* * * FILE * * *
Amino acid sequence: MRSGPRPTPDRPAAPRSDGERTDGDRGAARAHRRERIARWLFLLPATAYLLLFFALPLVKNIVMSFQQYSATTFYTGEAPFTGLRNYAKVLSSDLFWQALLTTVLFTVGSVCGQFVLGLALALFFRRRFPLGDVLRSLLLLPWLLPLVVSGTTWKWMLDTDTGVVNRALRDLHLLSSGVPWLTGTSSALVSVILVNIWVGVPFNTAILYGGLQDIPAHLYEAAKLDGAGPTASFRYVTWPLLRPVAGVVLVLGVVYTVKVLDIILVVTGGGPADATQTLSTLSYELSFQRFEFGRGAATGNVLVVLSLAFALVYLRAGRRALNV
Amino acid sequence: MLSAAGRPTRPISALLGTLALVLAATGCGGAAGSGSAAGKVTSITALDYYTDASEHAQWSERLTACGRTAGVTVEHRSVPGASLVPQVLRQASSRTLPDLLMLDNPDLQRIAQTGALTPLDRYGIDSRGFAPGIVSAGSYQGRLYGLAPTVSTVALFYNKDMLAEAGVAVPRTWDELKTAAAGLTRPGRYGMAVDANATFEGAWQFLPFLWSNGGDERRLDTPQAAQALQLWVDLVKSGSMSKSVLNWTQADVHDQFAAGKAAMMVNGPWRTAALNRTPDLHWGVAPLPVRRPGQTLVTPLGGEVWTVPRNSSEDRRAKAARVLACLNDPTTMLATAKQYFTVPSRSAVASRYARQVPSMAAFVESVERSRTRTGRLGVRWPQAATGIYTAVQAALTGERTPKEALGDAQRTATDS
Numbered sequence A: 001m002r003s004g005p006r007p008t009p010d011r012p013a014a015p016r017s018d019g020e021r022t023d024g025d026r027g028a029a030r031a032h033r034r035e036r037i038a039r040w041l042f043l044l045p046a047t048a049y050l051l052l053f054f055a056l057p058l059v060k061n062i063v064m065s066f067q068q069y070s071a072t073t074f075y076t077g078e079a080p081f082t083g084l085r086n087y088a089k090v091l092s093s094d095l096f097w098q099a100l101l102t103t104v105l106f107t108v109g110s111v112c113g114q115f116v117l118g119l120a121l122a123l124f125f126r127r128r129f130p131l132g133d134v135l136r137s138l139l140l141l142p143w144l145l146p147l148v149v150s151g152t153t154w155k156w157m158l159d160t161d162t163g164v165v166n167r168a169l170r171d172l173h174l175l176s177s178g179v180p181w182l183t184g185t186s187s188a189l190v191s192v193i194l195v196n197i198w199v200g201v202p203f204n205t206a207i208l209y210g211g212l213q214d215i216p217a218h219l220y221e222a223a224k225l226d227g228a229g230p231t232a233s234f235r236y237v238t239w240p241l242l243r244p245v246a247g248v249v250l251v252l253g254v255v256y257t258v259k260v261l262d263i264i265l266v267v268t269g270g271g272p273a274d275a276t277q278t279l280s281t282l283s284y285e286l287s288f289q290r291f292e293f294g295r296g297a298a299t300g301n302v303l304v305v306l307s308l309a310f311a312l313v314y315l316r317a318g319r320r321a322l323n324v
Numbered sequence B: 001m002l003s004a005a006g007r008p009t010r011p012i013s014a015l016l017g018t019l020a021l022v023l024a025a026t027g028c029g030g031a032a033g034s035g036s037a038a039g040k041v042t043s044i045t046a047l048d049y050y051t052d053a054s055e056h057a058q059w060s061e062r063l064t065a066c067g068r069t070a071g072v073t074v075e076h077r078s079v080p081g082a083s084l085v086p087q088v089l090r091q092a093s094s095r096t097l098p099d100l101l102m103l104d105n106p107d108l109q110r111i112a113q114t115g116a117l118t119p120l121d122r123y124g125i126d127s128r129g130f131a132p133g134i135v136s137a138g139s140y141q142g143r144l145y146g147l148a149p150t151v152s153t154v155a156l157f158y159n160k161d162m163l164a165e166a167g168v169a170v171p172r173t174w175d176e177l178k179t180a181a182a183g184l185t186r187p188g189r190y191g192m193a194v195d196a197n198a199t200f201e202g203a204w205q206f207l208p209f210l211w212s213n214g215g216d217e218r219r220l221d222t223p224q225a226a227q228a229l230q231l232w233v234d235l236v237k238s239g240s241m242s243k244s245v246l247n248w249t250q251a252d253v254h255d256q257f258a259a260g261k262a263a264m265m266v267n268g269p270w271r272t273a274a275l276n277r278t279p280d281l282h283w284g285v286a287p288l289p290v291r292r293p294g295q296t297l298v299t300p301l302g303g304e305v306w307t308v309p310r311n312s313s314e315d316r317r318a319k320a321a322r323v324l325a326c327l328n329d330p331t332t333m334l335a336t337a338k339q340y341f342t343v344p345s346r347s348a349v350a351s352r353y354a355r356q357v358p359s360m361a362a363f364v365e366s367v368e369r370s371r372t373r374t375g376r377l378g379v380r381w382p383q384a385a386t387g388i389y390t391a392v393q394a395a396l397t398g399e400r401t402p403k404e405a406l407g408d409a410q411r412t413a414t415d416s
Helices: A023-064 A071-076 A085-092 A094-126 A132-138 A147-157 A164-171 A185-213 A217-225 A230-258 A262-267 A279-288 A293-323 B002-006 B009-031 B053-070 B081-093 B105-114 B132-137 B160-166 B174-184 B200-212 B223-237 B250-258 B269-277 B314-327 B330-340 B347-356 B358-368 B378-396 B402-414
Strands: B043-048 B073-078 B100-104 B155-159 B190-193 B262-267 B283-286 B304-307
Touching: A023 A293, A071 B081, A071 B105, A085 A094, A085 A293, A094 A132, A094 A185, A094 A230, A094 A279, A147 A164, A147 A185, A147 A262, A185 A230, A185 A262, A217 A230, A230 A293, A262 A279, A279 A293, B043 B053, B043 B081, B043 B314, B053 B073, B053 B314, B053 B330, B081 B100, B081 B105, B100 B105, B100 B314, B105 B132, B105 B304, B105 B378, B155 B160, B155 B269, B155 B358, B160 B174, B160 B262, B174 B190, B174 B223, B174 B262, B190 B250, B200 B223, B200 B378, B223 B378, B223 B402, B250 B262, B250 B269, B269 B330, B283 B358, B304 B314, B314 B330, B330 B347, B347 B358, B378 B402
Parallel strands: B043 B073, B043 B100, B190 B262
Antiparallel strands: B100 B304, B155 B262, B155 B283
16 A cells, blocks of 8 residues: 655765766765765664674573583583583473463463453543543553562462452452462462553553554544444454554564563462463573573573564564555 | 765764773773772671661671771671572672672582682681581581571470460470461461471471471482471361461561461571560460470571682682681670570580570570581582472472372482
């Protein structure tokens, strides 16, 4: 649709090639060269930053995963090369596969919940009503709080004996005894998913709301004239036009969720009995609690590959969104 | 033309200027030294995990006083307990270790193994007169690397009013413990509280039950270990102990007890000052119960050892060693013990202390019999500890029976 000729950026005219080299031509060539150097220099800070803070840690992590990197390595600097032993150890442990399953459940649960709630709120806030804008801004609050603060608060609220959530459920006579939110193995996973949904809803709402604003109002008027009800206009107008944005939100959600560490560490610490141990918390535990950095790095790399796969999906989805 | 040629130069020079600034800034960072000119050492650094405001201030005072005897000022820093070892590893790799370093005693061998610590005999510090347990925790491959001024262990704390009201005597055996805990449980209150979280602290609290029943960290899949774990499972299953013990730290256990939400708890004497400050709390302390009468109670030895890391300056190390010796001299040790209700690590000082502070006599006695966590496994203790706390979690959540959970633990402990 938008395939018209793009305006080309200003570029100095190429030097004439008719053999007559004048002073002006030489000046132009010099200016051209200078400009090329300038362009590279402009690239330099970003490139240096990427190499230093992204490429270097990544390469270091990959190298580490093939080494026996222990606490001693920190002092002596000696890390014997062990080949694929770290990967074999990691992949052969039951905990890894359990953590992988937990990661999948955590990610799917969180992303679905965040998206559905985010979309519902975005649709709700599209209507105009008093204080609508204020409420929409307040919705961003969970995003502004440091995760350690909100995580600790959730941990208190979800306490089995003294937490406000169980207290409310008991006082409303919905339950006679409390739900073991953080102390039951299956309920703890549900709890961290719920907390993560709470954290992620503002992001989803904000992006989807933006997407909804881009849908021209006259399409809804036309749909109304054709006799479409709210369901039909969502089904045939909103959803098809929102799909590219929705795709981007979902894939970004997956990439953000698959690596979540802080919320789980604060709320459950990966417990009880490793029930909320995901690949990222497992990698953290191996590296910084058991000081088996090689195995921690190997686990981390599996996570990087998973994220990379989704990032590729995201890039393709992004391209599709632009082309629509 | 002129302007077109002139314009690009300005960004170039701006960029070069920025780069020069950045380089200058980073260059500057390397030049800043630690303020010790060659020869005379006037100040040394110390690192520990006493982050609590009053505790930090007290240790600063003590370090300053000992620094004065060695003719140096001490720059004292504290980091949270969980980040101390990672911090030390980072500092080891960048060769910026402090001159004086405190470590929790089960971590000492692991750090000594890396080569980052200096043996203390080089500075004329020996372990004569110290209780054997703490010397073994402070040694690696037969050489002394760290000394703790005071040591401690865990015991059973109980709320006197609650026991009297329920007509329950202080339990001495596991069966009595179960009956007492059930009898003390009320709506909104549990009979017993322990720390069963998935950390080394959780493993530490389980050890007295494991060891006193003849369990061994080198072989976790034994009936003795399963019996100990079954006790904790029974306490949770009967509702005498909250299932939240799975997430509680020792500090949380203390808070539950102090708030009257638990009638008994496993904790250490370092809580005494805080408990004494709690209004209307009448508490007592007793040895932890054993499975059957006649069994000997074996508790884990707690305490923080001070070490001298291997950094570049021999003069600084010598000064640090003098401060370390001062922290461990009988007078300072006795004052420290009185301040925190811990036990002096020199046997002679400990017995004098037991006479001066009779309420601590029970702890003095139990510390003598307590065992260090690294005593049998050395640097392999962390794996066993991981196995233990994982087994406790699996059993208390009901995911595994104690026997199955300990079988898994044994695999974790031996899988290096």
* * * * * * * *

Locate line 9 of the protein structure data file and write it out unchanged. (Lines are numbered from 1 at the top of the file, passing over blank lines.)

Antiparallel strands: B100 B304, B155 B262, B155 B283